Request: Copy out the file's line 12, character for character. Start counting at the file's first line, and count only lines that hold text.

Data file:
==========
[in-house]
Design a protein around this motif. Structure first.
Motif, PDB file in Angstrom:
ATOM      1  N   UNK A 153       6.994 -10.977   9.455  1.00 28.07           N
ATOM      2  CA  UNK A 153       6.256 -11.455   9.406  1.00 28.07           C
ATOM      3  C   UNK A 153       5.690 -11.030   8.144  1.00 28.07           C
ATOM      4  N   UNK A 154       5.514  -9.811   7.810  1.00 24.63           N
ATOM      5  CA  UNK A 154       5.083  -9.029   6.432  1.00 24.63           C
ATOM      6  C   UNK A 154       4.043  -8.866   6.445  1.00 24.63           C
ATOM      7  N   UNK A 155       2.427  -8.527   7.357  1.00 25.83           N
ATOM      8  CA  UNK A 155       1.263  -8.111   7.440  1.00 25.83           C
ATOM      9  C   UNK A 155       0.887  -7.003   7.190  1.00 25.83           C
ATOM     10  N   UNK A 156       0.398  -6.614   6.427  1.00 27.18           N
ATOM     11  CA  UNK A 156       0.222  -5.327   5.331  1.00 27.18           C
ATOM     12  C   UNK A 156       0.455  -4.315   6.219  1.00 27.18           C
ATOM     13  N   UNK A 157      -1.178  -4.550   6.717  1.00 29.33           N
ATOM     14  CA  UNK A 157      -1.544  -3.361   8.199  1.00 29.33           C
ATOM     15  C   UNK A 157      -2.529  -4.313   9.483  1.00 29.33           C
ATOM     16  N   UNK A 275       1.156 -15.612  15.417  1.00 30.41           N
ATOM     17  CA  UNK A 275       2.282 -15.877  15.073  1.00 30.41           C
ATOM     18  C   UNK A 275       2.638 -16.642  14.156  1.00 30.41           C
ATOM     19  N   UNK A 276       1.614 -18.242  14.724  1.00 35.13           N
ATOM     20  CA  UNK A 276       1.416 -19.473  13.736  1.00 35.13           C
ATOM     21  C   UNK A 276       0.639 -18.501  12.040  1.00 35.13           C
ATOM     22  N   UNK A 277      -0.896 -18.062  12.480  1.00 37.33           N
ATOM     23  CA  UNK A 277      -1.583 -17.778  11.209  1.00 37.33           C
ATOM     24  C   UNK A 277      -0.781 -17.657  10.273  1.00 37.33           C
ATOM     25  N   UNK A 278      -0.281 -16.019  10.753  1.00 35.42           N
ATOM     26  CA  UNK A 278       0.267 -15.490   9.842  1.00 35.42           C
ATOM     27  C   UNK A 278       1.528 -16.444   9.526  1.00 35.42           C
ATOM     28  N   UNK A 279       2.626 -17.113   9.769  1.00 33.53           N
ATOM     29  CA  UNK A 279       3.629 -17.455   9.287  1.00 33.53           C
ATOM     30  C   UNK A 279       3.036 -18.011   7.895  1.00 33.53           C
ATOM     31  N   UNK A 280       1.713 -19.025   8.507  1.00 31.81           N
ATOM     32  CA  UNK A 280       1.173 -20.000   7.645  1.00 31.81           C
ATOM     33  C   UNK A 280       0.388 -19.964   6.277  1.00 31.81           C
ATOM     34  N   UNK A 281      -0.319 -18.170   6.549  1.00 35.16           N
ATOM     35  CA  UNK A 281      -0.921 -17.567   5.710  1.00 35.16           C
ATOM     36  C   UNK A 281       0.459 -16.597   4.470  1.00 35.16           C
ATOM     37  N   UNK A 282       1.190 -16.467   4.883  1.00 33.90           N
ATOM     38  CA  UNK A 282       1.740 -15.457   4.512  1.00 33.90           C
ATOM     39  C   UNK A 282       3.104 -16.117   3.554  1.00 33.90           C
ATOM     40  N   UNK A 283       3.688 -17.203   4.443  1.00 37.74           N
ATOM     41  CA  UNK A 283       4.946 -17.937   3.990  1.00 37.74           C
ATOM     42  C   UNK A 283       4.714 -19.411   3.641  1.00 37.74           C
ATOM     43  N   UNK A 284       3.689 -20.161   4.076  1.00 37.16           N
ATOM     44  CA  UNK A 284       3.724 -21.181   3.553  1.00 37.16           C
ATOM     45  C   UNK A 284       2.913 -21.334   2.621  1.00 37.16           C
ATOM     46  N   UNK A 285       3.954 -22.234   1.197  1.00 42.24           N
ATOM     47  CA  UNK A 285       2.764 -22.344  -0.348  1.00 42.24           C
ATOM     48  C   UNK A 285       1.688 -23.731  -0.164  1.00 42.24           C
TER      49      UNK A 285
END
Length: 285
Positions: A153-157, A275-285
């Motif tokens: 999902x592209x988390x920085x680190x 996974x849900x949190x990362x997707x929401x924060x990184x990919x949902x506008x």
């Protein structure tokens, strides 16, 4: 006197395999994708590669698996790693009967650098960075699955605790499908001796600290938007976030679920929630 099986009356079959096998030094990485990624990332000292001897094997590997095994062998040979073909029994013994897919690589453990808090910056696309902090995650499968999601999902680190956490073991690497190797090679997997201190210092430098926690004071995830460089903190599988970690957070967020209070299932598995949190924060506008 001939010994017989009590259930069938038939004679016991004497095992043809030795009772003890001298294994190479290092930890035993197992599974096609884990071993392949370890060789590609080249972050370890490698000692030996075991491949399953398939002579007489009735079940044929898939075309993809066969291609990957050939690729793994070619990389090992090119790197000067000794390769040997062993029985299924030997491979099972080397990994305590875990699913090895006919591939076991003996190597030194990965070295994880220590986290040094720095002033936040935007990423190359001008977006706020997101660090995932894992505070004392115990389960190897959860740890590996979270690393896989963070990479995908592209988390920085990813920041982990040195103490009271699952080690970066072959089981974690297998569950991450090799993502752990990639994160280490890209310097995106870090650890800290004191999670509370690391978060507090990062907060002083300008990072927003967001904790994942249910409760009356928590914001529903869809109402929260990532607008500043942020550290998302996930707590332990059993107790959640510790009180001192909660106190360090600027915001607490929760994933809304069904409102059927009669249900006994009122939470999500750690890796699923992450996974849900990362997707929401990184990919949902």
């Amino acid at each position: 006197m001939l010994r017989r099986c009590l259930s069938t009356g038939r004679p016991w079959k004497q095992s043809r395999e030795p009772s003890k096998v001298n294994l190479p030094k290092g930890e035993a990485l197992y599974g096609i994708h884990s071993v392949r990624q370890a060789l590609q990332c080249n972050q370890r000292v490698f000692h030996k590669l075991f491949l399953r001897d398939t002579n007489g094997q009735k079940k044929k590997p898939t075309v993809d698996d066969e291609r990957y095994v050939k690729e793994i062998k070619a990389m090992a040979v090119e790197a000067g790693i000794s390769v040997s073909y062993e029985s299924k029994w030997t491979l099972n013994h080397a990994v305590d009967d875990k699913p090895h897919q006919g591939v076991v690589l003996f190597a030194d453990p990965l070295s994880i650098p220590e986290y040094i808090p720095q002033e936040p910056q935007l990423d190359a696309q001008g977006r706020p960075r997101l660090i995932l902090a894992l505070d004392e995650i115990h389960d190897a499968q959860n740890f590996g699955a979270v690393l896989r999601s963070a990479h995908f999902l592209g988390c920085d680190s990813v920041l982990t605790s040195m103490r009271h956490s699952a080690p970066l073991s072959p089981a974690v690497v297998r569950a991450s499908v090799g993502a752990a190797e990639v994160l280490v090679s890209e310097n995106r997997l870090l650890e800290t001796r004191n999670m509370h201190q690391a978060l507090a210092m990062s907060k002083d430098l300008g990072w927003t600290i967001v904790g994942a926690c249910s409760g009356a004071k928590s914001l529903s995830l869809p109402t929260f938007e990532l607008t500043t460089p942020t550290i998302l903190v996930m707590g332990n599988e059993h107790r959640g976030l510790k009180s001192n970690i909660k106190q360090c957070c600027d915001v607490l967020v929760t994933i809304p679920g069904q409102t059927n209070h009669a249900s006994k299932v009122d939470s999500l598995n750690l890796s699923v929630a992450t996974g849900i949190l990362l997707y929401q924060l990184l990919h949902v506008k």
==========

ATOM      9  C   UNK A 155       0.887  -7.003   7.190  1.00 25.83           C